By: Steven Daniel

So the research for this article started off with looking at Cotton Facts on Cotton SA, and admittedly it really didn’t look that bad. It only takes 3% of the agricultural area of the world and produces 27% of its needs, accounts for only 5,6% of pesticide sales, and winner winner… It’s cheap!

There’s a great quote from Terry Prachett’s Discworld: “A man who could afford fifty dollars had a pair of boots that’d still be keeping his feet dry in ten years’ time, while the poor man who could only afford cheap boots would have spent a hundred dollars on boots in the same time and would still have wet feet.

This was the Captain Samuel Vimes ‘Boots’ theory of socioeconomic unfairness.”

For most of us, we don’t really take the time out to think about where our clothing comes from, it’s only when someone brings it to our attention that we tend to wake up. And even then some of us prefer to be the proverbial ostrich, who in real life do not in fact stick their heads in the sand. The Honest Consumer came up pretty much straight down the middle when looking at organic cotton and its lower price point, but thanks to Terry’s insight I decided to dig a little deeper.

According to Cotton SA it only takes on average 1214 litres of blue water (from our surface and groundwater reservoirs) to produce 1kg of cotton lint, which is about 40% of the water needed. The other 60% is from green water, or what us normal people call rain. So roughly, say, 3000 litres for a kilo of cotton. Okay, but what about hemp? 300-500 liters of water to produce 1kg of dry hemp matter according to the Hemp Foundation.

Okay, but what about the agricultural area? 3% ain’t bad. As it turns out, hemp is a low-input and high-yield crop, and in comparison, cotton yields only 1/3rd of the amount of fiber produced by hemp per hectare, making it a huge space saver. Hemp also doesn’t require pesticides so it beats cotton there too.

What about comfort and durability? Surely cotton has to take the cake hands down there? Again no! Not only is hemp an easy product to blend with other fibers like organic cotton, it is actually far more durable and doesn’t get damaged in the wash. It has antibacterial properties too, that actually help your skin, and it gets more comfortable with time. It doesn’t shrink or stretch in the wash, it softens, so the more you wear it the more comfortable it becomes. Mind blowing isn’t it? Oh and it’s way better for the soil and removes CO2 from the atmosphere too!

So why aren’t we using hemp more and if it takes less land, less water and less chemicals to produce, why is it more expensive? Surely we would have been using hemp for generations if it was that great.

Well actually… Ministry of Hemp dates hemp usage back to 8000 BC in China and Taiwan. A French queen was buried in hemp clothing in 570 AD. In 1533: King Henry VIII, of England, fined farmers if they did not grow hemp. In 1916 the USDA published findings showing hemp produces four times more paper per acre than trees.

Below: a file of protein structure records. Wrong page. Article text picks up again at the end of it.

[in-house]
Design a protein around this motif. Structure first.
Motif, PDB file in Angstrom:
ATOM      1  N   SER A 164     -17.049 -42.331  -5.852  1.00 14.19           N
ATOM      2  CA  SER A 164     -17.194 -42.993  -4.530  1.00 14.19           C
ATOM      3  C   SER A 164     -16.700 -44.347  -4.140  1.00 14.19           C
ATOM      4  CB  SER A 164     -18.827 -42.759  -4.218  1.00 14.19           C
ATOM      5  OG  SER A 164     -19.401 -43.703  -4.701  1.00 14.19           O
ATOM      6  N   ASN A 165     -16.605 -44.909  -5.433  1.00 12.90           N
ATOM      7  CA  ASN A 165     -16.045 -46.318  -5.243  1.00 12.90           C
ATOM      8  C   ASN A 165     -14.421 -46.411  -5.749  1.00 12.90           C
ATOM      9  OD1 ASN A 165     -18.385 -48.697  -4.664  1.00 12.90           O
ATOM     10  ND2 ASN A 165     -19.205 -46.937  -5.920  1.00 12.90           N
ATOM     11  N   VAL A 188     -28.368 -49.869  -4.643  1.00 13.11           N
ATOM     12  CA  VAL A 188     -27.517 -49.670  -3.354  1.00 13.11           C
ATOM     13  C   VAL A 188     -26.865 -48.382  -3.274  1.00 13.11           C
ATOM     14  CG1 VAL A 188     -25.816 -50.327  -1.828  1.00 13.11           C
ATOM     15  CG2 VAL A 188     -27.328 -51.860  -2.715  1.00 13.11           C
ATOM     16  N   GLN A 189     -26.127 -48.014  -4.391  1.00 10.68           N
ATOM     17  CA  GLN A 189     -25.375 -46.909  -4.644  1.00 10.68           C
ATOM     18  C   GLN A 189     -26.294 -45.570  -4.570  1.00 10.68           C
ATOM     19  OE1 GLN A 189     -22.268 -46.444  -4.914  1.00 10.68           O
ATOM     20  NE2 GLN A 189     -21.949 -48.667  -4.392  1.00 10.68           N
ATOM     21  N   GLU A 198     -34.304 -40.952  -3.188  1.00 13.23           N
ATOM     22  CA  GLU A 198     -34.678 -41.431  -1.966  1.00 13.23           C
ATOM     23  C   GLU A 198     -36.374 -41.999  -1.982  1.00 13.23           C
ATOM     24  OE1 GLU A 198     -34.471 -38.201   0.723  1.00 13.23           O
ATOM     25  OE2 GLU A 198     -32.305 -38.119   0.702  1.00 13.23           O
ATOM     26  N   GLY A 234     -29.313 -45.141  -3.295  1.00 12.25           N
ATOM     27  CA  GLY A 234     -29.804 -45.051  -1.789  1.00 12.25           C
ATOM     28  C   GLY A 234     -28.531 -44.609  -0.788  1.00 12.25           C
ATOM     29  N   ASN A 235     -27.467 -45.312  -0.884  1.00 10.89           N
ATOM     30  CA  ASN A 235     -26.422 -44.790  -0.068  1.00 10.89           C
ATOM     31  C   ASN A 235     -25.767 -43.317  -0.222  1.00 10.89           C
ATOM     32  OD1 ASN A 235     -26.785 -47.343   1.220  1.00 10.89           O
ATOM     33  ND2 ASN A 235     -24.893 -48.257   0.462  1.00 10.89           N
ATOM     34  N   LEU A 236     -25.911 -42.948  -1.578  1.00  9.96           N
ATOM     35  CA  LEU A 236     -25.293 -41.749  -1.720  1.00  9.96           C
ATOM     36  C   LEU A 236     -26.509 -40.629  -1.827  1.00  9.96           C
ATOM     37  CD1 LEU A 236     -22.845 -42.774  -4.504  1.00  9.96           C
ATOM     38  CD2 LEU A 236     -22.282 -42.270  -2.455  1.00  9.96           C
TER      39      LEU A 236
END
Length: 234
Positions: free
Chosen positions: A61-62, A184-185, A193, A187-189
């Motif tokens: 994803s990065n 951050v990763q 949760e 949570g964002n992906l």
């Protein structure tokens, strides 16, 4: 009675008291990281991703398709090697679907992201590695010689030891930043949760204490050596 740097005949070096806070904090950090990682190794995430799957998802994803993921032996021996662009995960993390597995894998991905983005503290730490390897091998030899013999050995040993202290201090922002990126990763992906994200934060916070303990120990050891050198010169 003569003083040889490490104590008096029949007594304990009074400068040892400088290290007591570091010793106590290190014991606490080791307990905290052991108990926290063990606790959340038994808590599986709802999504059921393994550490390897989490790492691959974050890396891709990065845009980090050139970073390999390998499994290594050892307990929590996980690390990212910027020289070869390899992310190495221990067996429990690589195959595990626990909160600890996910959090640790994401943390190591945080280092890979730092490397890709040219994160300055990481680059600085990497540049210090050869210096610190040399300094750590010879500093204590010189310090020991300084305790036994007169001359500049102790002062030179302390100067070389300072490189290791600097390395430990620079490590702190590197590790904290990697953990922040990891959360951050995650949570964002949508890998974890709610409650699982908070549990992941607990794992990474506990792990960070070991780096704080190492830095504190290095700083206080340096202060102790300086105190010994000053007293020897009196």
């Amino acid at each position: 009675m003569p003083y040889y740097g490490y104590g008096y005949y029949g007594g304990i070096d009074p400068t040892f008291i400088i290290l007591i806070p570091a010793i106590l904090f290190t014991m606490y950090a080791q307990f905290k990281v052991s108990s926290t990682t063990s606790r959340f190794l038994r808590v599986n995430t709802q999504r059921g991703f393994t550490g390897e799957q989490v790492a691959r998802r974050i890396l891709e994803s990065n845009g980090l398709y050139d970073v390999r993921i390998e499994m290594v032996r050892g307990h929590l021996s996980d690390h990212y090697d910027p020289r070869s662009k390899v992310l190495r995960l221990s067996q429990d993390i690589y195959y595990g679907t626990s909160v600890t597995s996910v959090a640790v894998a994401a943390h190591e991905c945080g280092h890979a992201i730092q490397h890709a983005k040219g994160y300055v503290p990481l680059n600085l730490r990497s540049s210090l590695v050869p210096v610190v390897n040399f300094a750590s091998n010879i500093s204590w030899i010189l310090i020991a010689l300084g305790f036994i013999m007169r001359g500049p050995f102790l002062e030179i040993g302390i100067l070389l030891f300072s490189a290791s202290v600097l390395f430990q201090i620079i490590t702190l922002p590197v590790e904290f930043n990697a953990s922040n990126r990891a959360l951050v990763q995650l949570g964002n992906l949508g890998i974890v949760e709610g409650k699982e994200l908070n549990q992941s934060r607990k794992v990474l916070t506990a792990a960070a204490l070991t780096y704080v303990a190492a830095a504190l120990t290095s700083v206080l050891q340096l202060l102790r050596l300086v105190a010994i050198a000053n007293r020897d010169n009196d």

So what happened? It seems like either cotton won the battle through capitalism, or stoners gave hemp a bad name. The Marijuana Tax Act placed a tax on all cannabis sales (including hemp), heavily discouraging production of hemp in 1937, prior to World War II. It then made a solid comeback when the plant was once again needed for textile usage in 1942 to assist in alleviating the shortages caused by the war. Then along came the summer of love and the officials again banned the usage of hemp because it is essentially the same plant as marijuana, just without the psychoactive properties.

It took, get this… Trump!!! to sign the bill into law on Dec 20, 2018. This amendment removed the hemp plant, along with any of its seeds and derivatives from the Controlled Substances Act. A huge win for the hemp industry!

As for why it’s more expensive, one could say that it is because this textile is relatively new to our generation. It is going to be a little more costly reintroducing the product to market once again as we begin to remember what the ancient people got right way, way before we did. And secondly, due to the bad reputation and link to marijuana abuse, hemp seems unattractive to us so our uptake will be slow as every company cares about how they look and want to deliver products that people want.

Solution: We’ve gotta want it! Want it bad enough to walk in a store and ask if they have any hemp or organic hemp cotton blends and if enough people ask, they will start stocking it. Guaranteed!

More to read about the wonder of Hemp here:


Cotton SA –

The Honest Consumer –

Hemp Foundation – Ministry of Hemp –